Big data scientist wins researcher of the year award

Science Foundation Ireland’s award scheme expands to include best early career scientist

Winner of the Research Image of the Year: “Organic ChemisTree, a Telescopic View”, by Andrea Zanetti, a chemistry PhD student at UCD. The tree is made of copper salts crystallising out of a green chemical mixture. The blue sky was provided by a laboratory glove.

Winner of the Research Image of the Year: “Organic ChemisTree, a Telescopic View”, by Andrea Zanetti, a chemistry PhD student at UCD. The tree is made of copper salts crystallising out of a green chemical mixture. The blue sky was provided by a laboratory glove.

 

A researcher involved in making sense of big data has been named the Science Foundation Ireland researcher of the year 2016.

Prof Barry O’Sullivan is director of the Insight Centre for Data Analytics at University College Cork. He conducts research into artificial intelligence, decision analytics and related areas.

He is involved in a number of international associations related to his field of research and has made two addresses to the UN in New York on the potential for using artificial intelligence in support of sustainable development.

Prof O’Sullivan is also involved in winning investments for the centre, including a €1.5 million partnership with US company United Technologies announced last month.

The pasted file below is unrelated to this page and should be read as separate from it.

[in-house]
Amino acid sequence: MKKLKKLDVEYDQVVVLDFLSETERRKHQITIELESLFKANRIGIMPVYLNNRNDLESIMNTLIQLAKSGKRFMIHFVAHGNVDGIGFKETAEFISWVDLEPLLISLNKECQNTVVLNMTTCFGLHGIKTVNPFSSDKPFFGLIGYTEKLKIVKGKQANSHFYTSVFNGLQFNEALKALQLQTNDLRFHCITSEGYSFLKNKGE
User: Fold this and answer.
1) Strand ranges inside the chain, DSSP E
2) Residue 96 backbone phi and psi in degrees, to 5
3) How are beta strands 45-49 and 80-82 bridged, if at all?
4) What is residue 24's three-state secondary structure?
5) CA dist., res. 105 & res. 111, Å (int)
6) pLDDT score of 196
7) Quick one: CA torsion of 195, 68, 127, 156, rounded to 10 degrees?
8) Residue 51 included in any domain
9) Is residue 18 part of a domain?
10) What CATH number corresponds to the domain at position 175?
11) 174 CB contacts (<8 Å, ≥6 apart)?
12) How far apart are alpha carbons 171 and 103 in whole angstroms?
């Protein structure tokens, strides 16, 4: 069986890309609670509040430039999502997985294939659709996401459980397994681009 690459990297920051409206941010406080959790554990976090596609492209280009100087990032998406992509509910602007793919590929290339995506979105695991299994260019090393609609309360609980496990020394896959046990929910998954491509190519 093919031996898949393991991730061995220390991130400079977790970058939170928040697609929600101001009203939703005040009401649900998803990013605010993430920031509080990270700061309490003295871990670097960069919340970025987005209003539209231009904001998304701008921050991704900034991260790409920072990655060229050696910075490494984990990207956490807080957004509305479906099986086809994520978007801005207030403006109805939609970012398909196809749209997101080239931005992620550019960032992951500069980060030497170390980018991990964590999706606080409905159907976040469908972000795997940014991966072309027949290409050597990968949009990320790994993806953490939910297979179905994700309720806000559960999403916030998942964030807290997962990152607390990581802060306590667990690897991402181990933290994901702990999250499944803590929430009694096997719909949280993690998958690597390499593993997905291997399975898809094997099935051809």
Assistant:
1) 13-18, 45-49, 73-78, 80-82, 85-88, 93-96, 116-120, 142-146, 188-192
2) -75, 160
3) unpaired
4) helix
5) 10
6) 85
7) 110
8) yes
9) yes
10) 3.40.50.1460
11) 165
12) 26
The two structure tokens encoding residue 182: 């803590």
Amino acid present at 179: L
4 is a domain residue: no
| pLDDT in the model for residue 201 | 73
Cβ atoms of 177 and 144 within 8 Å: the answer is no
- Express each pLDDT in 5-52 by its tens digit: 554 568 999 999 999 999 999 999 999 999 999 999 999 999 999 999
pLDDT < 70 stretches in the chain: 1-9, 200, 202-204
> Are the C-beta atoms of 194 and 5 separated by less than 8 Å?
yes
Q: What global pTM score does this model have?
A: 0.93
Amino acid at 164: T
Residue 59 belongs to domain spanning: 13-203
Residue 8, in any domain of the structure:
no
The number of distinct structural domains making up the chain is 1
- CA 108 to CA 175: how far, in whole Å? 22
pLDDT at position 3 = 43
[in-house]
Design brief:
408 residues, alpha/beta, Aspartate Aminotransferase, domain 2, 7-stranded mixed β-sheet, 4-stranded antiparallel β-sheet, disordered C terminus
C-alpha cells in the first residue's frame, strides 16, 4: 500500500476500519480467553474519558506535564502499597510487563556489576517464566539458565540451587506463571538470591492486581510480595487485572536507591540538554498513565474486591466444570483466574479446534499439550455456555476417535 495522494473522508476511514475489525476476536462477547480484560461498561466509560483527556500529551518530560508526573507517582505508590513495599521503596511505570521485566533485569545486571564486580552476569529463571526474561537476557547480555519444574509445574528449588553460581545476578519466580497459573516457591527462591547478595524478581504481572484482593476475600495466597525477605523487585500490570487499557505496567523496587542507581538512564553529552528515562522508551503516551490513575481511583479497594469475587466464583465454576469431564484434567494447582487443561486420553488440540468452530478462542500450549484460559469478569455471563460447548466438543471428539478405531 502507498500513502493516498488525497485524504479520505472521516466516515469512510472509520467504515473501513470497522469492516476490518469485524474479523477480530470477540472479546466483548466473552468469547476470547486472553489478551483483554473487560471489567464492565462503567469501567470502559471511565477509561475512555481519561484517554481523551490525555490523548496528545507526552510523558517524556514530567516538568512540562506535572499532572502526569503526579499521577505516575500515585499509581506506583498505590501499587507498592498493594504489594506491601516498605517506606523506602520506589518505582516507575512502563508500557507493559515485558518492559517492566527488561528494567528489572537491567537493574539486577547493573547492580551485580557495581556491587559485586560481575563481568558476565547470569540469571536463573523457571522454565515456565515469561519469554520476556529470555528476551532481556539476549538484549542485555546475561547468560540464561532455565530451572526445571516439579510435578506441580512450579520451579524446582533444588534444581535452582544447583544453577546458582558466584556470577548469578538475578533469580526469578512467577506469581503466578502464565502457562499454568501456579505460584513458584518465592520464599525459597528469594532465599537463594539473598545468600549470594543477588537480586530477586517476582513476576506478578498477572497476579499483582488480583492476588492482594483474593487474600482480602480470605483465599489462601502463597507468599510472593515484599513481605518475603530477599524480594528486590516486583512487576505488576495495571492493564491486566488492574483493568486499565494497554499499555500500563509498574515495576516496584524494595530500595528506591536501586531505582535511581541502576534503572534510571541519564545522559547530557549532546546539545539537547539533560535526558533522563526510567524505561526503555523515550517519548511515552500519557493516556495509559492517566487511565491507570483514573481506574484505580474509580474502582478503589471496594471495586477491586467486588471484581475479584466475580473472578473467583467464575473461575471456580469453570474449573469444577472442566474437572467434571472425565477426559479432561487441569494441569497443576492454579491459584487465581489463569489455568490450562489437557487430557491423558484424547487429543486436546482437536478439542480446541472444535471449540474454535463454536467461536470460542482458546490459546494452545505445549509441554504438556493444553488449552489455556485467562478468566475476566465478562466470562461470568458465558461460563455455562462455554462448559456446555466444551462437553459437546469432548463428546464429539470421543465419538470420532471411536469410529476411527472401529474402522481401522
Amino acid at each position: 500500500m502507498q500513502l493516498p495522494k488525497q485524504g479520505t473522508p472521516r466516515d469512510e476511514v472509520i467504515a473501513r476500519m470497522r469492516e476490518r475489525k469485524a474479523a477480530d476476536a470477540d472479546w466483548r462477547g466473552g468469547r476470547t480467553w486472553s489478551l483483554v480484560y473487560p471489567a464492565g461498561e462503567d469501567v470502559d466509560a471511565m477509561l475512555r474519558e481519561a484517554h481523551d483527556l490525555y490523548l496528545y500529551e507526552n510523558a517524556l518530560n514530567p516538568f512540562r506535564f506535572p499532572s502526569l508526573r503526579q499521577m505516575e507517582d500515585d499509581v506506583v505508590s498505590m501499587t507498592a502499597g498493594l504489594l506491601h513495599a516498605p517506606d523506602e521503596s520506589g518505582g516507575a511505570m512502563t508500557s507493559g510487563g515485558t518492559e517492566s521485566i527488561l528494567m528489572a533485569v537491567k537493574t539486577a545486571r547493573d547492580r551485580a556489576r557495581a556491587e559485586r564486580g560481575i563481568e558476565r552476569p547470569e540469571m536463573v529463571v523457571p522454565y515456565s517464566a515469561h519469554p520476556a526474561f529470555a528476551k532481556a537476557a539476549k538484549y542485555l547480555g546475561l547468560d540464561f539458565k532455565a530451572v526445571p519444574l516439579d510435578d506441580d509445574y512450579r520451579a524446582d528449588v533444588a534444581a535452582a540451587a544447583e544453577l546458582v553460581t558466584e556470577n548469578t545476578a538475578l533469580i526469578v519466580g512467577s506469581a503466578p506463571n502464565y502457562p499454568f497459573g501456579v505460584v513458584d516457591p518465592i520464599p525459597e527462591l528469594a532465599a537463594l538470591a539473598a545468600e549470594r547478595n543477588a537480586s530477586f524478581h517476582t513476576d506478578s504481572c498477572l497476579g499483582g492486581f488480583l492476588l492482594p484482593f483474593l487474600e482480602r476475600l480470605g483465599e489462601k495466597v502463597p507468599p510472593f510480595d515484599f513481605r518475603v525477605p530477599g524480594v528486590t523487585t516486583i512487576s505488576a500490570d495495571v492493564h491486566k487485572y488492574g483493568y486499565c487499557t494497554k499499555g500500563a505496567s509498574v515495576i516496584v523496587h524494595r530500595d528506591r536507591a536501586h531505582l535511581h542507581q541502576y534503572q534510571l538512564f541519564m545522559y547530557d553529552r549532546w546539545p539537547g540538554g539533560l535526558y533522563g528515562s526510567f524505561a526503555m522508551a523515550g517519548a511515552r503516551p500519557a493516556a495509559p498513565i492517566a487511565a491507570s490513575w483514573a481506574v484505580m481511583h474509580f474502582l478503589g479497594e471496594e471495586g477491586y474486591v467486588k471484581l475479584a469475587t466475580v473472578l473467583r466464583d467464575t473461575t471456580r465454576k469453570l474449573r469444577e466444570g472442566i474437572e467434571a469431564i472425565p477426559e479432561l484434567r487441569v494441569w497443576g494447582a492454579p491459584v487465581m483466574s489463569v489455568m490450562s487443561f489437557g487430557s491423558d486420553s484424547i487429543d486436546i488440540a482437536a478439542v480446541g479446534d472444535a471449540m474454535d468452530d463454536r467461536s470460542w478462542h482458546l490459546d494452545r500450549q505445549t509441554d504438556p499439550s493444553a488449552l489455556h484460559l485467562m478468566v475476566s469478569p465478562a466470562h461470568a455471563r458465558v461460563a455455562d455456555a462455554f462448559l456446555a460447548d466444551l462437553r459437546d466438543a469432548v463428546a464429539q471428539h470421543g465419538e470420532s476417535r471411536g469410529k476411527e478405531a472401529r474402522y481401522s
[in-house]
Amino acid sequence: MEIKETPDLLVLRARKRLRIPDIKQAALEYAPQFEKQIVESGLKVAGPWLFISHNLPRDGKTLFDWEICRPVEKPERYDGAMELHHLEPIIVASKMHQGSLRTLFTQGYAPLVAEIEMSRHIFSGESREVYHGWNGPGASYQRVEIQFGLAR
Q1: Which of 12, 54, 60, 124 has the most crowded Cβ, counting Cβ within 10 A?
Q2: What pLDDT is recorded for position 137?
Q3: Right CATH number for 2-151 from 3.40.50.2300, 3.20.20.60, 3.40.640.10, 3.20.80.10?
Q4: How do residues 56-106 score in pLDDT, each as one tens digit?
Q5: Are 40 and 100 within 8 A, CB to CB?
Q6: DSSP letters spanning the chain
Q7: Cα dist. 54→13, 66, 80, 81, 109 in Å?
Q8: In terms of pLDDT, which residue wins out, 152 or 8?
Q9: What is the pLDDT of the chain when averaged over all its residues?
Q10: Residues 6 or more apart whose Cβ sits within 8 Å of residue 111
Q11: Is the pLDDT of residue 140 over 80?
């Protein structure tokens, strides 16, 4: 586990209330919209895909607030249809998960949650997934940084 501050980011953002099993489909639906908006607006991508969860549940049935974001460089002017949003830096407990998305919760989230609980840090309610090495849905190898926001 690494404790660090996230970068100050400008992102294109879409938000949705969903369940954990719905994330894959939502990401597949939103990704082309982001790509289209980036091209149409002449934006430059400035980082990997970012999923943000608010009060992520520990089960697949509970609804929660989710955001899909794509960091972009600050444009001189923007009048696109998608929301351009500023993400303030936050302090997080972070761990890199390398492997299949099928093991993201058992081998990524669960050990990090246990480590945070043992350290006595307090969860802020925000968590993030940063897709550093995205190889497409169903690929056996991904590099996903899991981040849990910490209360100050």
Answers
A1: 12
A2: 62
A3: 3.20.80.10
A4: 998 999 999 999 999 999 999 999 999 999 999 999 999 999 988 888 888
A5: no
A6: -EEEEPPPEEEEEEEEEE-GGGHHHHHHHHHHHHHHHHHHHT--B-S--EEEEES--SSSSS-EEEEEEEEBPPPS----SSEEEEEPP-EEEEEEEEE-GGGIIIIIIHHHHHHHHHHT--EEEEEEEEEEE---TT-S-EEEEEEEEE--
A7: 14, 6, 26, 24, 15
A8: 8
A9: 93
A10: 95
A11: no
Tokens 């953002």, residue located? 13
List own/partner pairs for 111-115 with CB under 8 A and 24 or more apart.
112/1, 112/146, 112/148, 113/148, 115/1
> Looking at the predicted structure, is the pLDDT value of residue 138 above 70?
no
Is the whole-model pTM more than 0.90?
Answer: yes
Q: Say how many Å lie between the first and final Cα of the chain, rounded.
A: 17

The Foundation has extended the award programme for 2016, introducing five new awards that recognise excellent research and development.

The SFI early career researcher of the year award was shared jointly by Prof Valeria Nicolosi of Trinity College Dublin and by Dr Martin O’Halloran of NUI Galway.

Collaboration

The SFI Industry Partnership award recognises a collaboration between industry and academia, and the recipients are the Amber research centre at Trinity and Merck.

The SFI Entrepreneurship Award went to Prof Brian Glennon an Dr Mark Barrett of University College Dublin who jointly established a company spin-out APC Ltd.

Dr Sabina Brennan of Trinity received the SFI Outstanding Contribution to STEM Communication, an award that recognises a contribution to the popularisation of science and public awareness.

The Best Reported Impact Award went to Dr Emmeline Hill of UCD who showed a particular commitment to maximising the downstream impact of her research findings.

There was also an award for Research Image of the Year, which went to Andrea Zanetti, a chemistry PhD student at UCD, for the image, Organic “ChemisTree”, a Telescopic View.